Happy Release Day Simon Raymonde

Following excellent reviews in the likes of MOJO, Uncut and Record Collector, Simon Raymonde today releases Solo Works 96-98 via his label Bella Union. To mark the occasion Raymonde has shared a hypnotic and visually striking video for album highlight “Tired Twilight”, directed by Jasper Harrison aka DIGISTITCHER the video can be viewed HERE.

Commenting on the video Harrison says: “The video for Tired Twilight communicates the disorientating feeling of coming to terms with a nostalgic yet anxiety-inducing memory of a time, person and place. This is embodied through the loose narrative of a woman restricting herself to the house before setting out into the city in a representative overcoming of her fear. The driving shots of the night-time city reference the woman’s inner turbulence as she moves past her unspecified trauma. Throughout this journey, she negotiates her fond memories of the recurring shadowy male figure with a desire to begin a process of recovery. The final liberation of this repressiveness is depicted in the clouded dancing at the videos climax, as she pushes away the fog of past experience in an aggressive but beautiful way. For this piece, I combined a number of influences including the surrealism of Jodorowsky, the use of chiaroscuro by directors such as Lynch and the tempo of the American beat authors to give the video a morphing, slow paced energy. Once edited, I ran the footage through a feedback visual synthesiser, which enabled me to add delay, blur and strobe to the picture in sync with the music’s swells. Changing the parameters in real time enables me to blend scenes together seamlessly to create a cohesiveness in the edit, with the objective of transporting the viewer into the disorientating yet emboldening world that the protagonist finds herself in.”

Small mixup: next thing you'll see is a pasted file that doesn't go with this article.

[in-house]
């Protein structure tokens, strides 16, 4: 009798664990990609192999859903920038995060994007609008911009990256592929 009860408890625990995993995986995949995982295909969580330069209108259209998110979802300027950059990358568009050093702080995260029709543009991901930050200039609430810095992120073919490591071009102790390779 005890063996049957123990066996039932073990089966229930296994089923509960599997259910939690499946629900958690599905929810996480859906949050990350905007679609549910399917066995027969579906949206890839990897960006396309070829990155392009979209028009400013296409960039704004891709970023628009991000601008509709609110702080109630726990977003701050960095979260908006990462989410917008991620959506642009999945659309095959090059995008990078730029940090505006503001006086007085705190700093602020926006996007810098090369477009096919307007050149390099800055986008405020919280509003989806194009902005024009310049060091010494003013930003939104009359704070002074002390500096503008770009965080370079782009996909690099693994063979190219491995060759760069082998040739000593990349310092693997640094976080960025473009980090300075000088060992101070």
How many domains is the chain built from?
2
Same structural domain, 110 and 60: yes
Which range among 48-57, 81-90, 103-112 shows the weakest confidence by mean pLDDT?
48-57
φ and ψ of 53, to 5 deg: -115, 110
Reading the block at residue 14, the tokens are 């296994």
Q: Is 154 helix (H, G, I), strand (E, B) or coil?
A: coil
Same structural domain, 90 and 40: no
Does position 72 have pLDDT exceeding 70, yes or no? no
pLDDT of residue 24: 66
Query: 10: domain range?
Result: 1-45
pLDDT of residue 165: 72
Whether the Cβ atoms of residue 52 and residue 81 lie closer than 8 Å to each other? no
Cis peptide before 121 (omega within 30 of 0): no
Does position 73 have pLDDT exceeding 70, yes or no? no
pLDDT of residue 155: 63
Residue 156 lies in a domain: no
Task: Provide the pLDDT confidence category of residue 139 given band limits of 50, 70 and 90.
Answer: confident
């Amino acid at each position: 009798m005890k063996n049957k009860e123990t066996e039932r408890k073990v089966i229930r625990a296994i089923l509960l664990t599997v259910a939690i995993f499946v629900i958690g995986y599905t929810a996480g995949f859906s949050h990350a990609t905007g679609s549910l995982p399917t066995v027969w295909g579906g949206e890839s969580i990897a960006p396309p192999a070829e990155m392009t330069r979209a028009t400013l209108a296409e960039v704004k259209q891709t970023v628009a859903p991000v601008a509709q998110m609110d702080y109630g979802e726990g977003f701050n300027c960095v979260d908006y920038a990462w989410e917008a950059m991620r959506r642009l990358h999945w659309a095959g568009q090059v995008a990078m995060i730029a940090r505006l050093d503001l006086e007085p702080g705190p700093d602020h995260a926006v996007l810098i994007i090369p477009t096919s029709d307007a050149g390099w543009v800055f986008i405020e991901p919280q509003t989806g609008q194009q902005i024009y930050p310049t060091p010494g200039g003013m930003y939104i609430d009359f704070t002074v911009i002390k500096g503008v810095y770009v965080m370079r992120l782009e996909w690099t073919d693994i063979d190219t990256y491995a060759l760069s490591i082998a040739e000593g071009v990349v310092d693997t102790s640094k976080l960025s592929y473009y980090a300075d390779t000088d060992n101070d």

Simon Raymonde recorded his debut solo album Blame Someone Else whilst still in Cocteau Twins. Fellow Twins Elizabeth Fraser and Robin Guthrie both appeared on the album.

But Cocteau Twins were no more by the time the album was released. Originally issued in October 1997 it became the first release on Bella Union, the new label run by Simon and Robin. And soon after by Simon alone. Circumstances change, and the album unexpectedly arrived in a world where Cocteau Twins were in the past.

Twenty-five years later, Blame Someone Else is being released on vinyl for the first time as Solo Works 96-98 with the addition of three bonus tracks recorded in the same time period. “It was begun in 1996 at a time of turmoil with Cocteau Twins,” says Simon of the album now. “At the time, I was unsure if I should make the album but my band-mates were extremely supportive, and their encouragement helped me get the record finished. It took me 25 years to feel comfortable with these songs being available again. We all have hurdles to get over before we can feel ready to let go of certain things. Today, I feel that the first-ever release on Bella Union should once again be an active part of the label’s history, if only to bookmark these first 25 years.”

Time changes context. Perspectives too. But the impact, scope and sensitivity of Solo Works 96-98 remain unaffected. During the opening track “It’s A Family Thing” Simon sings of yearning for stability, acknowledging the hesitation inherent to stepping out on his own. “In My Place” is more explicit – if he’s losing face, it’s his face. This one is on him. Versions of touchstone songs by Television and Scott Walker further state that this his own endeavour.

Any intimations of uncertainty evaporate as the album ends with the sonic whirlpool “Tired Twilight,” a seamless union of the impressionistic and rhythmic. Ultimately, knowing the dates and circumstances is unnecessary, Solo Works 96-98 occupies its own space.